The Colossians had been significantly influenced by pagan philosophies that taught that perfection could be achieved through self-denial and abstinence from pleasure. As a result, Colossae tended to be an ascetic community which adhered to a religion of severity, and its citizens thought anyone who was religious should behave as they did. Many of the people who had come into the Christian church in Colossae had brought their pagan philosophies with them, and they soon began to have an adverse influence on the entire congregation at Colossae. Paul corrects the people in the church who were doing this in Colossians 2:20-23. It appears some of the people had begun thinking that this self-imposed asceticism could somehow contribute to their salvation and had begun turning away from trusting in Christ. They had more faith in their unchristian works. Paul warns them about this in Colossians 2:8.
God had called the people in the church at Colossae out of their pagan, ascetic way of life, and they had begun to learn how to enjoy life in a balanced manner as God intended. This included eating meat, drinking wine, and enjoying food and fellowship when observing God's Sabbath and festivals.
Because the converted Colossians were learning how to enjoy life as God intended, the people in the ascetic community began to look down on them and condemn them. In addressing these problems, Paul reminds the Colossians that they are complete in Jesus Christ; they have no need for the pagan philosophies of this world (Colossians 2:9-10).
Paul explains in verse 16 why they need not be bothered by the attitude of the Colossian society toward their practices and way of life in the church. To paraphrase, "Do not worry about what the people in the community think about your enjoyment of eating good food, drinking wine, and joyously celebrating the Sabbath and the festivals. Christ has conquered the world and all of its rulers, so we do not need to be concerned about what the world thinks about us."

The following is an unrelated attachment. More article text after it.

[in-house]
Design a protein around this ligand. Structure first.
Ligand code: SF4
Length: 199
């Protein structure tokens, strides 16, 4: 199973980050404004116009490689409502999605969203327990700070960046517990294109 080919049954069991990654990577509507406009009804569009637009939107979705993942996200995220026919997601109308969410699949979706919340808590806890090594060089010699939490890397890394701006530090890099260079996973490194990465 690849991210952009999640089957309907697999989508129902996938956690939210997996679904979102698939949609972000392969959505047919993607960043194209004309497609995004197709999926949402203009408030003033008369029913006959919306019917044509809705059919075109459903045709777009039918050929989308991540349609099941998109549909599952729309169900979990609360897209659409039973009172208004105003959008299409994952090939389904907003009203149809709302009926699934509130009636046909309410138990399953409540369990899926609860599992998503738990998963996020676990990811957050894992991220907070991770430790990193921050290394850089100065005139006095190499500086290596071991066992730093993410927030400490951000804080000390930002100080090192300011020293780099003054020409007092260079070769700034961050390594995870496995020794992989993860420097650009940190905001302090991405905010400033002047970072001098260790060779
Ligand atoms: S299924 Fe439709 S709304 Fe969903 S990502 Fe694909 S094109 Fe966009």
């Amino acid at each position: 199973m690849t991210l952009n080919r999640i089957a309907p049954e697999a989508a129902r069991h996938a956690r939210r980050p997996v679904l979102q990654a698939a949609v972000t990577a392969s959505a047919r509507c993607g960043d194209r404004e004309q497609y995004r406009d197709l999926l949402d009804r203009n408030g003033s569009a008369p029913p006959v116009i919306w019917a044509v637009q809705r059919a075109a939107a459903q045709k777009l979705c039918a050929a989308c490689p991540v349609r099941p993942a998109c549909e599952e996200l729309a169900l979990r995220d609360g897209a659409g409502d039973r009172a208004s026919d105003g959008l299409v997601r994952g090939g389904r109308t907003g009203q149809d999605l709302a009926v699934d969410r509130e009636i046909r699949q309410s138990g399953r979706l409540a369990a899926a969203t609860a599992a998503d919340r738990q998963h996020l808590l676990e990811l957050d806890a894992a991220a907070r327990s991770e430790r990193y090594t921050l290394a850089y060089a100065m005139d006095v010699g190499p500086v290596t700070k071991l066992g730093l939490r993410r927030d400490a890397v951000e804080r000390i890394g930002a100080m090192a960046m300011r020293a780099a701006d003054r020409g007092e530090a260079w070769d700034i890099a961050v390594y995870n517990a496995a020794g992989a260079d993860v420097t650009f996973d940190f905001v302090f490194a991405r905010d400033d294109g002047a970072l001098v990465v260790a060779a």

In verse 17, Paul mentions that the Sabbath and holy days are "shadows," symbols or types, of future events in the plan of God. The Sabbath is a type of the Millennium when Jesus Christ and the saints will rule the world for a thousand years. The holy days symbolize various steps in the plan of God and remind us annually of God's great purpose in creating mankind.
A literal translation of the last few words of Colossians 2:17 reads, "but the body of Christ." What is the body of Christ? I Corinthians 12:27 shows that the body of Christ is the church! The exact same Greek expression that is translated "body of Christ" in I Corinthians 12:27(soma Christou) is used in Colossians 2:17. Paul tells the Colossians that they should not let any man judge them or call them into question about these things but rather let the church make those judgments. He is pointing the members to the example of the spiritual leaders of the church who set the tone and pattern of worship on the Sabbath and holy days, exhorting them not to worry about what anyone in the community thinks about them. A similar exhortation is given in Colossians 2:18-19.
Far from doing away with the observance of the Sabbath and holy days, Colossians 2:16-17 is one of the strongest proofs that the early church kept these days and that Paul taught the Gentiles to keep them.
— Earl L. Henn (1934-1997)
Friday, April 9, 2021
(10) And: " You, LORD, in the beginning laid the foundation of the earth,
And the heavens are the work of Your hands.
(11) They will perish, but You remain;
And they will all grow old like a garment;
(12) Like a cloak You will fold them up,
And they will be changed.
But You are the same,
And Your years will not fail."
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To us, the physical seems so solid, indestructible, and permanent, at least in terms of our own brief existence. But Hebrews tells us to get our attention off the immediate, the "around and about," the physical. We are to reorient our lives, our thinking, our focus, toward the eternality of Christ's dominion.
A profound reality of God and His Word is that they are changeless. "You remain," Hebrews 1:11 says, but we grow old and die. The eternal values never change, and even more exciting, they can be taken through the grave.
What is important in our lives? The immediate gratifications offered by this world? The things we possess? The accomplishments we achieve? If so, we will not likely see God very frequently. Or, we can ask, what in our lives demands our time, effort, and thought? An objective answer to this may reveal what we really worship.